For many years, the Worldwide Instructional Design System (WIDS) has been utilized by many faculty for the purpose of developing learner-centered curriculum. Given the increasing cost of WIDS and the well-developed faculty expertise on instructional design systems, the Vice President for Academic Affairs has contracted with MCC faculty to design a customized instructional design system to replace WIDS. The leaders of the design team come from the two major areas of the curriculum: one is an instructor in an occupational program, the other in a liberal arts/transfer program. Both are veteran WIDS trainers. Beginning in Winter of 2014, they will design a customized instructional design system for MCC.

MCC continues to utilize Blackboard as its online course delivery/learning management system. There is a high degree of usage among traditional on-campus and distance learning faculty alike. More information about MCC’s use of the Blackboard course delivery platform may be accessed here:
http://www.mcc.edu/its/pdf_its/resource_guide/Section%205.pdf

A standing Distance Learning Advisory Subcommittee (DLAS) is highly involved in the development and approval of distance learning courses. Development of distance learning courses, as well as qualifications for teaching distance learning, is structured around MCC’s Standards and Practices for Distance Education document, which may be accessed here:
http://distance.mcc.edu/pdf/standards%20and%20practicesweb.pdf

1P13 and 1P14 Currency of Programs and Courses. A number of formal and recurring processes ensure that MCC programs and courses remain current. Many programs of study, including all occupational programs, have advisory committees that utilize various processes to update curriculum and provide currency in instructional content. More information on the role of advisory committees can be found in the description of program and discipline review for occupation programs in 9P2 below. Programs and courses are frequently revised and submitted for approval by CPSC. Courses are reviewed by classroom faculty, but any changes are approved first by a divisional vote and then by CPSC.

CC4A.

(5) In addition to regional accreditation, MCC programs maintain accreditation as appropriate to their area. For instance, the Dental Hygiene program maintains accreditation by the Commission on Dental Accreditation, the specialized accrediting body recognized by the U.S. Department of Education, in addition to many others.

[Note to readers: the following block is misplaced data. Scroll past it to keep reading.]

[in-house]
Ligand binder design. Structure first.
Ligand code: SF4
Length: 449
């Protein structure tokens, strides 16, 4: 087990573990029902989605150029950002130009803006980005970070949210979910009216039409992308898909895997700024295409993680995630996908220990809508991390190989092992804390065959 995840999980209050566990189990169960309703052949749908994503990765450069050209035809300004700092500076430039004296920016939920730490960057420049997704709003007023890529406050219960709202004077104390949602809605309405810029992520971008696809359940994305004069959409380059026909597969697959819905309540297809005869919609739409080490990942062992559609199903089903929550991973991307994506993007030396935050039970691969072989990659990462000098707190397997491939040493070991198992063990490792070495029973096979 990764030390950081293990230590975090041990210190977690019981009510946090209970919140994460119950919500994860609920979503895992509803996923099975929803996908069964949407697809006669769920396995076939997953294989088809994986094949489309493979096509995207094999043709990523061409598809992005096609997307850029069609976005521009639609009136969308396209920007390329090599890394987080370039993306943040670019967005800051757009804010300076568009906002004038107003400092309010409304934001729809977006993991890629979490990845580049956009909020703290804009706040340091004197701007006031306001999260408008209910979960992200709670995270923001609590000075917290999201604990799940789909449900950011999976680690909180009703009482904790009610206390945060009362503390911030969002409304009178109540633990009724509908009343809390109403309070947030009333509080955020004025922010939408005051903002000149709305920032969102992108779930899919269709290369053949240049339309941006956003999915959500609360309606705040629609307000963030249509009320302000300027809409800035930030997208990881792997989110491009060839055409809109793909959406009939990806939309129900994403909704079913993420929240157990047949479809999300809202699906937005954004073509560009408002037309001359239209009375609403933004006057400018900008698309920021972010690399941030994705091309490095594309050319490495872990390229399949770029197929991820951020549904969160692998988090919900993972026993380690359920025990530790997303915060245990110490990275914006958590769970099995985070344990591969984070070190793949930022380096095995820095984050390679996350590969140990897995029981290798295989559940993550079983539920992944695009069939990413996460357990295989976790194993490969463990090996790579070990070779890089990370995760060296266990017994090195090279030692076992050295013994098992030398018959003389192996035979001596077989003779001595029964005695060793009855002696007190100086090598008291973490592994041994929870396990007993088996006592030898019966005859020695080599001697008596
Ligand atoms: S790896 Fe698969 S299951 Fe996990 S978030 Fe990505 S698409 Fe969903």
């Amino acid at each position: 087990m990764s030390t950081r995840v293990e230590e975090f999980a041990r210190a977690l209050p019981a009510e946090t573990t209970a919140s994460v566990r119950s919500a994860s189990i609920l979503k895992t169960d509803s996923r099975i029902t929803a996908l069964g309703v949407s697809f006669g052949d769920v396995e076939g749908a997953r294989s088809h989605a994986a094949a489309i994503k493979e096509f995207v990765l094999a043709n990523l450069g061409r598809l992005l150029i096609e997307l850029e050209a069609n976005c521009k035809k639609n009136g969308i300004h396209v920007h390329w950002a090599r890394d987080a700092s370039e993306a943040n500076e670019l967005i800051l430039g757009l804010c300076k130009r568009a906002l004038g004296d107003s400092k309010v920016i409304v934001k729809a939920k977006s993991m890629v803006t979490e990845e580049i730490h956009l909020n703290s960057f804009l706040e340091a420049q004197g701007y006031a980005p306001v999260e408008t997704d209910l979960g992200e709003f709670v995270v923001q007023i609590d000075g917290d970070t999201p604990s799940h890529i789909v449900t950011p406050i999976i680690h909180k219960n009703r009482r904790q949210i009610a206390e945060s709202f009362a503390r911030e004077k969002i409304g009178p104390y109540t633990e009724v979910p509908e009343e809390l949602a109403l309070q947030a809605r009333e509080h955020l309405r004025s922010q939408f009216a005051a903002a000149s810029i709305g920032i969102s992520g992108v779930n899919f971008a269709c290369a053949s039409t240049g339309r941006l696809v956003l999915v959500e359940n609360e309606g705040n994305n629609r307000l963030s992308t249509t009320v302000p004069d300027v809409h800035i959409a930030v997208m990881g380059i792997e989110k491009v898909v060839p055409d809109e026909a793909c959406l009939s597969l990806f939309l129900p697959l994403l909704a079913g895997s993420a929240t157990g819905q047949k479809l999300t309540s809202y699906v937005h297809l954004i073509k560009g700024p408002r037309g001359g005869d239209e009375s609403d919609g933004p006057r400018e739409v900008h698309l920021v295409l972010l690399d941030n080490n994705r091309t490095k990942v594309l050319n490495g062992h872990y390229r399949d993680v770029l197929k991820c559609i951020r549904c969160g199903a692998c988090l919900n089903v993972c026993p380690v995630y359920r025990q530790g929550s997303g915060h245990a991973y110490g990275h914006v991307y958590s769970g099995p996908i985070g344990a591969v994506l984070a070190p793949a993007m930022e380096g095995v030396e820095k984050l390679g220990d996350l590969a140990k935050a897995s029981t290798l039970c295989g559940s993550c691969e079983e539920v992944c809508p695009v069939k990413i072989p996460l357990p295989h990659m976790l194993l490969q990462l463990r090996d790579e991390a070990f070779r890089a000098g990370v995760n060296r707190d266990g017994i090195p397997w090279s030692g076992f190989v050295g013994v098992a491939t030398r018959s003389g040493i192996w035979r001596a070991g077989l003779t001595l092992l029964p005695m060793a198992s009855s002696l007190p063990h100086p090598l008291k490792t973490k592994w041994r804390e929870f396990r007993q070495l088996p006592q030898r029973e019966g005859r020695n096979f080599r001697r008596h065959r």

(6) The institution evaluates the success of its graduates. The institution assures that the degree or certificate programs it represents as preparation for advanced study or employment accomplish these purposes. For all programs, the institution looks to indicators it deems appropriate to its mission, such as employment rates, admission rates to advance degree programs, and participation rates in fellowships, internships and special programs. Michigan law prevents MCC from accessing existing state data on employment rates. However, to compile data on the employment rates and advanced degree enrollment rates, MCC does administer self-reported graduate surveys. Results for the most recent survey can be found here:
http://www.mcc.edu/mccfact/surveys_mccfact/GraduatefollowFY12.pdf

A report examining trends in theses surveys from 2006-2011 can be accessed here:
http://www.mcc.edu/mccfact/pdf_mccfact/GFS_Trends_Report_2006-2012.pdf

MCC’s shared governance process, the College Professional Study Committee (CPSC), is a highly-formalized representative system for curriculum review and change. CPSC is described in 1P3 above and in many other areas of this Portfolio. The full Committee meets once per month to review action taken to create, revise, or delete courses and programs. More information about CPSC may be accessed here:
http://www.mcc.edu/acad_affairs/cpsc_index.shtml

All programs and courses were revised within the past year to reflect changes in developmental reading prerequisites as described in 1P5 and 1P6 above. Before outright deletion, programs and courses are often “bracketed” in MCC’s course catalog:

Bracketing and Deleting:
What does it mean to Bracket a course or program?